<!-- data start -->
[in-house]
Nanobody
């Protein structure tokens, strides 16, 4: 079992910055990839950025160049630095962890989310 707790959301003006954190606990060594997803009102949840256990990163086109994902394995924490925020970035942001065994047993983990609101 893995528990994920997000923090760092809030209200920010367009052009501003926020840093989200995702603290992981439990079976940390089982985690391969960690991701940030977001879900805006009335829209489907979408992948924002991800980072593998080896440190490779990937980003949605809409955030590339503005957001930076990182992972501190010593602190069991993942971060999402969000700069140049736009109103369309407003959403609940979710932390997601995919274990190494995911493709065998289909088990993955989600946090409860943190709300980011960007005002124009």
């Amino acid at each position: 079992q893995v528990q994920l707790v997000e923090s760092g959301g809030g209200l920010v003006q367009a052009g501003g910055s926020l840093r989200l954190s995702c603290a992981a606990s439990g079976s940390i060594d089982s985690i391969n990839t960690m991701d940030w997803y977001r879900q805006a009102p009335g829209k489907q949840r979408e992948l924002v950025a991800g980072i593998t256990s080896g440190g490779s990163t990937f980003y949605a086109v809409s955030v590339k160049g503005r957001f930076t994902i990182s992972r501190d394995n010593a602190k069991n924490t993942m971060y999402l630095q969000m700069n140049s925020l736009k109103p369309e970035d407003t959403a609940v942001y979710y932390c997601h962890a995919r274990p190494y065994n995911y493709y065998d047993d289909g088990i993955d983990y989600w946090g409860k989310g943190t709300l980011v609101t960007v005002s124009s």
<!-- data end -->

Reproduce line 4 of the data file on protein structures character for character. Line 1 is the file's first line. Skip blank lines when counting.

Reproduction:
């Amino acid at each position: 079992q893995v528990q994920l707790v997000e923090s760092g959301g809030g209200l920010v003006q367009a052009g501003g910055s926020l840093r989200l954190s995702c603290a992981a606990s439990g079976s940390i060594d089982s985690i391969n990839t960690m991701d940030w997803y977001r879900q805006a009102p009335g829209k489907q949840r979408e992948l924002v950025a991800g980072i593998t256990s080896g440190g490779s990163t990937f980003y949605a086109v809409s955030v590339k160049g503005r957001f930076t994902i990182s992972r501190d394995n010593a602190k069991n924490t993942m971060y999402l630095q969000m700069n140049s925020l736009k109103p369309e970035d407003t959403a609940v942001y979710y932390c997601h962890a995919r274990p190494y065994n995911y493709y065998d047993d289909g088990i993955d983990y989600w946090g409860k989310g943190t709300l980011v609101t960007v005002s124009s």